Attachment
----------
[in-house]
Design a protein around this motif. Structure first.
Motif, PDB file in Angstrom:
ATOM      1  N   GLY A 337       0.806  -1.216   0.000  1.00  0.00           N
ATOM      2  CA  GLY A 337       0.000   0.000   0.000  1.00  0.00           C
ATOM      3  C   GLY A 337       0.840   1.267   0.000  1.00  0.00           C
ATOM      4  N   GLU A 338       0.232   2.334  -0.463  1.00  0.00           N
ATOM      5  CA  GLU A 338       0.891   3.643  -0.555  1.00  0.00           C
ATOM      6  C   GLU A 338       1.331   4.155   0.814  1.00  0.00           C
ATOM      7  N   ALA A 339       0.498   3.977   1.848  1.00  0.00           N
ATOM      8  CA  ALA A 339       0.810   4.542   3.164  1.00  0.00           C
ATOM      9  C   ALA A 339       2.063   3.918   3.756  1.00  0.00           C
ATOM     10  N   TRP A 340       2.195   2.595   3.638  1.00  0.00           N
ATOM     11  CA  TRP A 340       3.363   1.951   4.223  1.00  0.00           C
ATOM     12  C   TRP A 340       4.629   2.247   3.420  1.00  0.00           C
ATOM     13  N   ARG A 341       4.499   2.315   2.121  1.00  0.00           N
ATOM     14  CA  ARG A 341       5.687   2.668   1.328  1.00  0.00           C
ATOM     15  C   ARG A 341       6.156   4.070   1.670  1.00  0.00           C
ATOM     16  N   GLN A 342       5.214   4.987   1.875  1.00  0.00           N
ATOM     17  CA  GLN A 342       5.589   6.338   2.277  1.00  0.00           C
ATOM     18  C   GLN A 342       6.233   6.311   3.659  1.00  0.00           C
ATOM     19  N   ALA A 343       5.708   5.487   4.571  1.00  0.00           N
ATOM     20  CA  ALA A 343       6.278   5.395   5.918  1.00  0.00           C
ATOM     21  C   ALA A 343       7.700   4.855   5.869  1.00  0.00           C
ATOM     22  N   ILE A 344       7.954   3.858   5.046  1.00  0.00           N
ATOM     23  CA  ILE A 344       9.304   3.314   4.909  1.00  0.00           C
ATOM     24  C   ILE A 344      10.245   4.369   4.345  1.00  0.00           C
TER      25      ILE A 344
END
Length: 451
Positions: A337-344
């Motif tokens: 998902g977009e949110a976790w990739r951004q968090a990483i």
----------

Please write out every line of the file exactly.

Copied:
[in-house]
Design a protein around this motif. Structure first.
Motif, PDB file in Angstrom:
ATOM      1  N   GLY A 337       0.806  -1.216   0.000  1.00  0.00           N
ATOM      2  CA  GLY A 337       0.000   0.000   0.000  1.00  0.00           C
ATOM      3  C   GLY A 337       0.840   1.267   0.000  1.00  0.00           C
ATOM      4  N   GLU A 338       0.232   2.334  -0.463  1.00  0.00           N
ATOM      5  CA  GLU A 338       0.891   3.643  -0.555  1.00  0.00           C
ATOM      6  C   GLU A 338       1.331   4.155   0.814  1.00  0.00           C
ATOM      7  N   ALA A 339       0.498   3.977   1.848  1.00  0.00           N
ATOM      8  CA  ALA A 339       0.810   4.542   3.164  1.00  0.00           C
ATOM      9  C   ALA A 339       2.063   3.918   3.756  1.00  0.00           C
ATOM     10  N   TRP A 340       2.195   2.595   3.638  1.00  0.00           N
ATOM     11  CA  TRP A 340       3.363   1.951   4.223  1.00  0.00           C
ATOM     12  C   TRP A 340       4.629   2.247   3.420  1.00  0.00           C
ATOM     13  N   ARG A 341       4.499   2.315   2.121  1.00  0.00           N
ATOM     14  CA  ARG A 341       5.687   2.668   1.328  1.00  0.00           C
ATOM     15  C   ARG A 341       6.156   4.070   1.670  1.00  0.00           C
ATOM     16  N   GLN A 342       5.214   4.987   1.875  1.00  0.00           N
ATOM     17  CA  GLN A 342       5.589   6.338   2.277  1.00  0.00           C
ATOM     18  C   GLN A 342       6.233   6.311   3.659  1.00  0.00           C
ATOM     19  N   ALA A 343       5.708   5.487   4.571  1.00  0.00           N
ATOM     20  CA  ALA A 343       6.278   5.395   5.918  1.00  0.00           C
ATOM     21  C   ALA A 343       7.700   4.855   5.869  1.00  0.00           C
ATOM     22  N   ILE A 344       7.954   3.858   5.046  1.00  0.00           N
ATOM     23  CA  ILE A 344       9.304   3.314   4.909  1.00  0.00           C
ATOM     24  C   ILE A 344      10.245   4.369   4.345  1.00  0.00           C
TER      25      ILE A 344
END
Length: 451
Positions: A337-344
């Motif tokens: 998902g977009e949110a976790w990739r951004q968090a990483i």